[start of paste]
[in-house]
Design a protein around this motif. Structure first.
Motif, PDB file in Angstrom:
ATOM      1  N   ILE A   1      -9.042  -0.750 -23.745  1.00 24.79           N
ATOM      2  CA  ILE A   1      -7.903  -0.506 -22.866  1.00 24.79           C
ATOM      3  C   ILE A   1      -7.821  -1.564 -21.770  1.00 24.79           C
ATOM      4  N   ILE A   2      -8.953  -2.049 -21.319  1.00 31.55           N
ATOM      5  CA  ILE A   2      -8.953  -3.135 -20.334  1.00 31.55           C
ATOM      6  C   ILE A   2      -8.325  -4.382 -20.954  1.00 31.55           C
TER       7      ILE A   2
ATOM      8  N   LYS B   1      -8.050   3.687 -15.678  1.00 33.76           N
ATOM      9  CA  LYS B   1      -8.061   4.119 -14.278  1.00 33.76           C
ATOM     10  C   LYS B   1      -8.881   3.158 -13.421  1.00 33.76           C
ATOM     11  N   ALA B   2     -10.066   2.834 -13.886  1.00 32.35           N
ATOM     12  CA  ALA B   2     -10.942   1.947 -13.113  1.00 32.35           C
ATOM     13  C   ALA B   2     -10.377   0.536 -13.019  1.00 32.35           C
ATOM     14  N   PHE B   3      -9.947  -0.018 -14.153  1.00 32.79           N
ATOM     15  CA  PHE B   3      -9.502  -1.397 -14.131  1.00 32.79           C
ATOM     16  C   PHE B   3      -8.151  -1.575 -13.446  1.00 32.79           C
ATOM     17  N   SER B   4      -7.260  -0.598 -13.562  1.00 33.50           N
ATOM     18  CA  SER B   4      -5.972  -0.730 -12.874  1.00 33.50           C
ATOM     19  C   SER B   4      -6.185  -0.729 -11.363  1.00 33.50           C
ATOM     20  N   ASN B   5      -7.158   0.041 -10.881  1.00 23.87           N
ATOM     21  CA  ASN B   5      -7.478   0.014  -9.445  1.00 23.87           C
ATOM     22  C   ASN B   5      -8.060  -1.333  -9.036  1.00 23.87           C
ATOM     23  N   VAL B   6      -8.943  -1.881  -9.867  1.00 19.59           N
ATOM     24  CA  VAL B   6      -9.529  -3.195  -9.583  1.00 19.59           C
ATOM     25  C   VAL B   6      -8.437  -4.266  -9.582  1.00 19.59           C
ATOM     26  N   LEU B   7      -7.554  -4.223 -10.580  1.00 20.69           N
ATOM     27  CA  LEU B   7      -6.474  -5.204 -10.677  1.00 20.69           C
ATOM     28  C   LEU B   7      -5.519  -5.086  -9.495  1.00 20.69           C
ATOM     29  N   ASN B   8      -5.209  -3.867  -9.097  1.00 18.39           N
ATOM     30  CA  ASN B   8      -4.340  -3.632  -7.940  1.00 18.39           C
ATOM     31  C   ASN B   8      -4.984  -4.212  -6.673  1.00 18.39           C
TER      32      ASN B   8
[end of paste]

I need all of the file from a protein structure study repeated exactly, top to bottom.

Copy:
[in-house]
Design a protein around this motif. Structure first.
Motif, PDB file in Angstrom:
ATOM      1  N   ILE A   1      -9.042  -0.750 -23.745  1.00 24.79           N
ATOM      2  CA  ILE A   1      -7.903  -0.506 -22.866  1.00 24.79           C
ATOM      3  C   ILE A   1      -7.821  -1.564 -21.770  1.00 24.79           C
ATOM      4  N   ILE A   2      -8.953  -2.049 -21.319  1.00 31.55           N
ATOM      5  CA  ILE A   2      -8.953  -3.135 -20.334  1.00 31.55           C
ATOM      6  C   ILE A   2      -8.325  -4.382 -20.954  1.00 31.55           C
TER       7      ILE A   2
ATOM      8  N   LYS B   1      -8.050   3.687 -15.678  1.00 33.76           N
ATOM      9  CA  LYS B   1      -8.061   4.119 -14.278  1.00 33.76           C
ATOM     10  C   LYS B   1      -8.881   3.158 -13.421  1.00 33.76           C
ATOM     11  N   ALA B   2     -10.066   2.834 -13.886  1.00 32.35           N
ATOM     12  CA  ALA B   2     -10.942   1.947 -13.113  1.00 32.35           C
ATOM     13  C   ALA B   2     -10.377   0.536 -13.019  1.00 32.35           C
ATOM     14  N   PHE B   3      -9.947  -0.018 -14.153  1.00 32.79           N
ATOM     15  CA  PHE B   3      -9.502  -1.397 -14.131  1.00 32.79           C
ATOM     16  C   PHE B   3      -8.151  -1.575 -13.446  1.00 32.79           C
ATOM     17  N   SER B   4      -7.260  -0.598 -13.562  1.00 33.50           N
ATOM     18  CA  SER B   4      -5.972  -0.730 -12.874  1.00 33.50           C
ATOM     19  C   SER B   4      -6.185  -0.729 -11.363  1.00 33.50           C
ATOM     20  N   ASN B   5      -7.158   0.041 -10.881  1.00 23.87           N
ATOM     21  CA  ASN B   5      -7.478   0.014  -9.445  1.00 23.87           C
ATOM     22  C   ASN B   5      -8.060  -1.333  -9.036  1.00 23.87           C
ATOM     23  N   VAL B   6      -8.943  -1.881  -9.867  1.00 19.59           N
ATOM     24  CA  VAL B   6      -9.529  -3.195  -9.583  1.00 19.59           C
ATOM     25  C   VAL B   6      -8.437  -4.266  -9.582  1.00 19.59           C
ATOM     26  N   LEU B   7      -7.554  -4.223 -10.580  1.00 20.69           N
ATOM     27  CA  LEU B   7      -6.474  -5.204 -10.677  1.00 20.69           C
ATOM     28  C   LEU B   7      -5.519  -5.086  -9.495  1.00 20.69           C
ATOM     29  N   ASN B   8      -5.209  -3.867  -9.097  1.00 18.39           N
ATOM     30  CA  ASN B   8      -4.340  -3.632  -7.940  1.00 18.39           C
ATOM     31  C   ASN B   8      -4.984  -4.212  -6.673  1.00 18.39           C
TER      32      ASN B   8